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Ak candlelight vigil of love, sadness and solidarity

Mon 13 Jun 2016 In: New Zealand Daily News

With the rainbow-coloured Sky Tower as a backdrop almost 700 people including Deputy Mayor Penny Hulse gathered for a candlelight vigil in Auckland's Western Park this evening in a show of solidarity with the victims of the Orlando gay club massacre. Exactly 24 hours earlier a gunman, Omar Mir Siddique Mateen, stormed into gay nightclub Pulse and set about killing fifty patrons and injuring 53 more. Speakers at the candlelight vigil expressed frustration, sadness and a determination that glbti people will not be bowed by violence. "We should not be here, said Alan Granville to an audience that included members of glbti organisations but was mostly ordinary glbti folk and a few straight supporters. "It's inconceivable, it's just awful... terrible," he said acknowledging feelings of "shock, disgust, anger and fear." "Events like this show that glbti people around the world have a long way to go, we must not cower, we must stand strong and proud... if we do that we win and they do not win." His words were echoed by subsequent speakers who stepped up from the crowd: "We must not let them tear us apart." "I'm devastated, my heart bleeds for the people and their families in Orlando." "Our hearts and prayers go out to all who are affected, we must support one another wherever we are." Gay commentator Michael Stevens pointed out that the atrocity was committed by "one man on a mad killing spree." He said the violent ends meted out to the victims echoed the violence still being done to glbti people everywhere, including the bullying of young glbti people" Penny Hulse said she had come to show solidarity with her city's glbti communities. "This could have been any of you," she said. Lesbian Muslim Rana gave the crowd pause for thought A young Muslim woman, Rana, spoke of the shooting being "a moment of grief for humanity." "All people desire to live, she said. "Well, we are here we will continue to live our lives with love and we will be who we are." Of people who attack and demean glbti people she said "They want to make us hide but that is not going to happen. Anne Speir noted that "homophobia is a thing that transcends all religions... we have to reach out to the world and show them that hate won't work." Miss Ribena urged everyone to be "proud of who you are" and in a small quiet and moving voice Chelsi Magee, standing beside a table of lit candles, sang There is a Candle. Cindy of Samoa adds a dash of energy to the vigil Cindy of Samoa spoke of her hope that there will not be a backlash against glbti Muslim people and led the crowd in an up-beat rendition of This Little Light Of Mine. People in the crowd told Daily News they were there "to be solid in our resilience," and "to be very clear to all the religious, political and social leaders who have been slow to support our community that we're not going anywhere." A young woman she was attending due to her feelings of "empathy, and sadness.. a heavy sadness."  Her partner said "every life should be respected, that this has happened is disgusting." The fairly informal formalities ended with Paul Heard urging everyone to hug the people near them with love. "They won't mind." He called out through his megaphone into the night sky: "Love to Orlando!"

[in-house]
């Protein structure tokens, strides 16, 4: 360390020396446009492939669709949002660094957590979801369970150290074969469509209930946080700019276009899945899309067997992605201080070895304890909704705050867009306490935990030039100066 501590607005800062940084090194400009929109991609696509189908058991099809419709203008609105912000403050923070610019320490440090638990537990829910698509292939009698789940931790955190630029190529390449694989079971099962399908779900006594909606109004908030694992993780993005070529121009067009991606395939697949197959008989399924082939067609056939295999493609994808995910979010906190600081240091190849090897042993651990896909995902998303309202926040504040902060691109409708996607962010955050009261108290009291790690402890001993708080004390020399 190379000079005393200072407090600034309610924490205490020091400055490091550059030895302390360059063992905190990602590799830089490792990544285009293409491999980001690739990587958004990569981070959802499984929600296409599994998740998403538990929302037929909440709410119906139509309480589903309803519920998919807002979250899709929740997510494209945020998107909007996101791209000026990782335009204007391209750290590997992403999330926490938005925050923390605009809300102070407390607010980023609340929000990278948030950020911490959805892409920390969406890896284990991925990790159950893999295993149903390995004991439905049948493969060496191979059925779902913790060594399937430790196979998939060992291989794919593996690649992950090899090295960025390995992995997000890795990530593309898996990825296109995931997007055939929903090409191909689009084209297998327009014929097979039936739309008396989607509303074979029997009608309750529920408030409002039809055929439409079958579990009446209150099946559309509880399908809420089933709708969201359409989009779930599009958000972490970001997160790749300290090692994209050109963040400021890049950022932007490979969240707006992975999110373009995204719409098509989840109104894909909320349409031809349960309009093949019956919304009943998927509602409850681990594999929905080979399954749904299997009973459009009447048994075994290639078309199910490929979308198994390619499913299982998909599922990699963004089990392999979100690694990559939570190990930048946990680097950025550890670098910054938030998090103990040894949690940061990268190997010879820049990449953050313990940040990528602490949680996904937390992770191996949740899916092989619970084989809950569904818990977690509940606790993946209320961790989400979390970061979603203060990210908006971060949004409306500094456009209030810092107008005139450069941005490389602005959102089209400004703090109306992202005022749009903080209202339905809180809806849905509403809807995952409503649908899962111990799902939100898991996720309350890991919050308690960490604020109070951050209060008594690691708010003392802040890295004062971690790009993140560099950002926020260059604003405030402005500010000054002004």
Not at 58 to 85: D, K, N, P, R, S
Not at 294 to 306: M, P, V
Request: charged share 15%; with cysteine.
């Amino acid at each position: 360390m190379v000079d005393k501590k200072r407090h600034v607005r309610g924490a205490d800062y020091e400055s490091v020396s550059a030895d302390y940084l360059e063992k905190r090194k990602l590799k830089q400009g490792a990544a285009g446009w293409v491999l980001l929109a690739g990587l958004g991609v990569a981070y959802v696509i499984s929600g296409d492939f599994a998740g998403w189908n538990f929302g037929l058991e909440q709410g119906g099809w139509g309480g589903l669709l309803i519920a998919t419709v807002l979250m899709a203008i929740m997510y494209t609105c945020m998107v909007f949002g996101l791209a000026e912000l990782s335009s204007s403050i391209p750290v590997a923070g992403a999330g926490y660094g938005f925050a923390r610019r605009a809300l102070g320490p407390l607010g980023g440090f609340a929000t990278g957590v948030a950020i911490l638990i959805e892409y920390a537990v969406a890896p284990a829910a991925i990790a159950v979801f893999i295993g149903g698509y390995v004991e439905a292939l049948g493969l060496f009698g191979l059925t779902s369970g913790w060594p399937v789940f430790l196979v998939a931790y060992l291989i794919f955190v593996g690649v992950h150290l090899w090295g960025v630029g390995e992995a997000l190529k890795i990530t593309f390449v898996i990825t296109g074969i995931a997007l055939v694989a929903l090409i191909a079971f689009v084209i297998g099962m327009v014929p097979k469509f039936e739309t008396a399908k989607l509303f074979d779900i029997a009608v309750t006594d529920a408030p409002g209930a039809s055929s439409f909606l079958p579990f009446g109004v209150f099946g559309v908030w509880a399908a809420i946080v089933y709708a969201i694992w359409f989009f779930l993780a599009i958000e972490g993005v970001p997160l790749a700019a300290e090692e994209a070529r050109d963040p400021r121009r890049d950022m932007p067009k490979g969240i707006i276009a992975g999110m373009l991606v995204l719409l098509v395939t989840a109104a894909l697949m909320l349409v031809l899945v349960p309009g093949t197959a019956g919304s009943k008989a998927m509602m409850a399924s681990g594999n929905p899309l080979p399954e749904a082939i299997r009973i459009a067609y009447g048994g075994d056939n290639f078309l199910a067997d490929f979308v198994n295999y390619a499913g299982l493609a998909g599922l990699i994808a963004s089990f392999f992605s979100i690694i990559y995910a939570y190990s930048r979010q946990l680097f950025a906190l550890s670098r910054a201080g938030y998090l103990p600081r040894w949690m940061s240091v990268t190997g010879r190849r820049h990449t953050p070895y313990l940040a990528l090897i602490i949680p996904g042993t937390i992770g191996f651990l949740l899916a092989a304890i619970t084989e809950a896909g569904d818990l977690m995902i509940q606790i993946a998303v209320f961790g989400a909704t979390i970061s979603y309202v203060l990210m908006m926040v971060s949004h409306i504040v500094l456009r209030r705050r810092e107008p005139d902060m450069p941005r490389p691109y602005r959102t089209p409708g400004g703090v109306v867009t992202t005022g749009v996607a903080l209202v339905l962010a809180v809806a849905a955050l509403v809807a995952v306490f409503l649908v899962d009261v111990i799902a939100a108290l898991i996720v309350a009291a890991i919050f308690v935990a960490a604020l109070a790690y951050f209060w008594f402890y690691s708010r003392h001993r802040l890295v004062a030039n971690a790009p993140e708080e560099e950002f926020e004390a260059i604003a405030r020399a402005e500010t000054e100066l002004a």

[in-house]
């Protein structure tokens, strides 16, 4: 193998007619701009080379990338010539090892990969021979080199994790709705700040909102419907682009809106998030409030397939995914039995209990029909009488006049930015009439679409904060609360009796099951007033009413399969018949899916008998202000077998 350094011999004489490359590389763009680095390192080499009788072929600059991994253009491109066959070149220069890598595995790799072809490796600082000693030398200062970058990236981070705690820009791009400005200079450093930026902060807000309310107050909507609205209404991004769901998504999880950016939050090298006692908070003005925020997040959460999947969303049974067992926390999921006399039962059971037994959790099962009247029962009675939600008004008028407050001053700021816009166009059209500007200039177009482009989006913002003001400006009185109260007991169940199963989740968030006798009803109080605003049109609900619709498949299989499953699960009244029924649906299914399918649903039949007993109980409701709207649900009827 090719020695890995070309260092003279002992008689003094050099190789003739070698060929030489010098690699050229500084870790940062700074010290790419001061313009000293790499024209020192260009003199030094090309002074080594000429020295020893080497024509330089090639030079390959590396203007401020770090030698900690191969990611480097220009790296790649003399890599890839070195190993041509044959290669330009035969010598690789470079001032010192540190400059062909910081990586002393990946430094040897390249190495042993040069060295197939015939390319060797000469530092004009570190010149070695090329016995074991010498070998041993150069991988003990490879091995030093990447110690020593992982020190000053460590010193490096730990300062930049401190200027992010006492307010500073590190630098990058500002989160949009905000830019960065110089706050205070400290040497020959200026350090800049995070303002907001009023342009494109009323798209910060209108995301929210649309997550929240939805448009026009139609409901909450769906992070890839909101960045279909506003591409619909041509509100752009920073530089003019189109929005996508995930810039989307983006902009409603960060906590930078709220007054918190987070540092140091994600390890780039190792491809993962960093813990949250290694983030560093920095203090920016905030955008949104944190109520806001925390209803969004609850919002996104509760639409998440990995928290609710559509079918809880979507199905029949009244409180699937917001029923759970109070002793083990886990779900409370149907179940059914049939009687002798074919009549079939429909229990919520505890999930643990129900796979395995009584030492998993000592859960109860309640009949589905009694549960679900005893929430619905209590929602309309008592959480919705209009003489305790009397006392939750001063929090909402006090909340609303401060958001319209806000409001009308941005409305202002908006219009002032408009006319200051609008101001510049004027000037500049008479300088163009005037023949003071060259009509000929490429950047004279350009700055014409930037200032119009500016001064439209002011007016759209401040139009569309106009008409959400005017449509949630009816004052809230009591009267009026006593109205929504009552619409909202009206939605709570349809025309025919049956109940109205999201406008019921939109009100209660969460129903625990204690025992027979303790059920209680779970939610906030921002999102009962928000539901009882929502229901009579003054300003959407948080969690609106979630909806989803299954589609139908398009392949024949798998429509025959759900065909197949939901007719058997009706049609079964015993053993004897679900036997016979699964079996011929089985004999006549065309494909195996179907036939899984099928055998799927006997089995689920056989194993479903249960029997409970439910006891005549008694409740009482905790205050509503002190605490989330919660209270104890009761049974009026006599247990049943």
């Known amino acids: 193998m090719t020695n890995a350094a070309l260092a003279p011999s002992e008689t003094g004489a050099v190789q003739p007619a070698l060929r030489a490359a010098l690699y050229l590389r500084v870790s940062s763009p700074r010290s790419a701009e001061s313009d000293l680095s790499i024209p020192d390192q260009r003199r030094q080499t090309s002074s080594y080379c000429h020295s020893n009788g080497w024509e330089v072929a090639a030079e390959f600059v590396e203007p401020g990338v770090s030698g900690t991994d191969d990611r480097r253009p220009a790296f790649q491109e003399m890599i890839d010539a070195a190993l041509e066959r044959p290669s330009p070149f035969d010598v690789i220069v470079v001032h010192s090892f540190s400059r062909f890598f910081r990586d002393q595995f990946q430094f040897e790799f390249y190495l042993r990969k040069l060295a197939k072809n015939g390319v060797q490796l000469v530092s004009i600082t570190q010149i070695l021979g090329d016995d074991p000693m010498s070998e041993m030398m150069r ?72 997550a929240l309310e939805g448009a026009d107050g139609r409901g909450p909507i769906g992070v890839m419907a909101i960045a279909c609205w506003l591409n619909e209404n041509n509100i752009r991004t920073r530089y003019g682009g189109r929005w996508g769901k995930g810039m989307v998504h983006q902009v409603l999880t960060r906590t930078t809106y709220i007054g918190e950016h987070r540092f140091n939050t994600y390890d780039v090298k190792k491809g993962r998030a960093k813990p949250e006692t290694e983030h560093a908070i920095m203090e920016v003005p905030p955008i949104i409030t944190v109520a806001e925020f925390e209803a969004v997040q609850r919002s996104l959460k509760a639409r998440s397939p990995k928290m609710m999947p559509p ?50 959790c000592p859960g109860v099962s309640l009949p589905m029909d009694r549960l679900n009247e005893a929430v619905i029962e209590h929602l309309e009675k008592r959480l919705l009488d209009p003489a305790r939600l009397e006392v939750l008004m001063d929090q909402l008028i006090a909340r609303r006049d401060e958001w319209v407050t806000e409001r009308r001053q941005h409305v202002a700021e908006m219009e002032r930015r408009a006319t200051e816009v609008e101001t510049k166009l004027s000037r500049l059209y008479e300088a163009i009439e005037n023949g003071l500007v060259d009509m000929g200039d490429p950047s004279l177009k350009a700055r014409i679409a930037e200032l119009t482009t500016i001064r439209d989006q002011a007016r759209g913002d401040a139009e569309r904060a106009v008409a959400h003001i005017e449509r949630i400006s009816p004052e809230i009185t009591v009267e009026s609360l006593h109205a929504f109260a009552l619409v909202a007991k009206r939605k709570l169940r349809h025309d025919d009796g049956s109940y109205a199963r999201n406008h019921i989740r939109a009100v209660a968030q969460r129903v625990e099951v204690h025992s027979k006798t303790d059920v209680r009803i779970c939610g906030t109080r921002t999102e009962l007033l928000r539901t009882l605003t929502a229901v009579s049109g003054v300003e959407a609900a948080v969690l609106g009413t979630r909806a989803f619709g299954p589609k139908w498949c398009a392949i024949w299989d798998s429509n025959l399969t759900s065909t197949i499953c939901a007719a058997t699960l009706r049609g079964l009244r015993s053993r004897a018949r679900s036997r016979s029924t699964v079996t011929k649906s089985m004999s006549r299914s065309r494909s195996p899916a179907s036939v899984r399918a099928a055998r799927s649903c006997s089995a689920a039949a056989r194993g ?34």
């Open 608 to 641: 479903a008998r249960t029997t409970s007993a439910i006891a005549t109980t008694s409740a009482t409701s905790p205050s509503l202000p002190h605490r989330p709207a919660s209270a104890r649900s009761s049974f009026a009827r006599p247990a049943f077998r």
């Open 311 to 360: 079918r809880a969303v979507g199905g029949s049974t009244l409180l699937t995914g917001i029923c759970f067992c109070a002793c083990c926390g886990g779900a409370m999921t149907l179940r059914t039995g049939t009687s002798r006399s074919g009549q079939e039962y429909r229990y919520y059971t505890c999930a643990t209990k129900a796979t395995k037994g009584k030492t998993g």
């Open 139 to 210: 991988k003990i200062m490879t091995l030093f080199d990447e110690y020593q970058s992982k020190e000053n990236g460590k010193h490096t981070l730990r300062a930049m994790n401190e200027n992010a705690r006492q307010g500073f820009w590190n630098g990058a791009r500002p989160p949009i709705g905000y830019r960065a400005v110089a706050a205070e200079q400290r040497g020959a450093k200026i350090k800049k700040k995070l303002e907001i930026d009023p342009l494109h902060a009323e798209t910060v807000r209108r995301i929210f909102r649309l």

Credit: Daily News staff

First published: Monday, 13th June 2016 - 8:17pm

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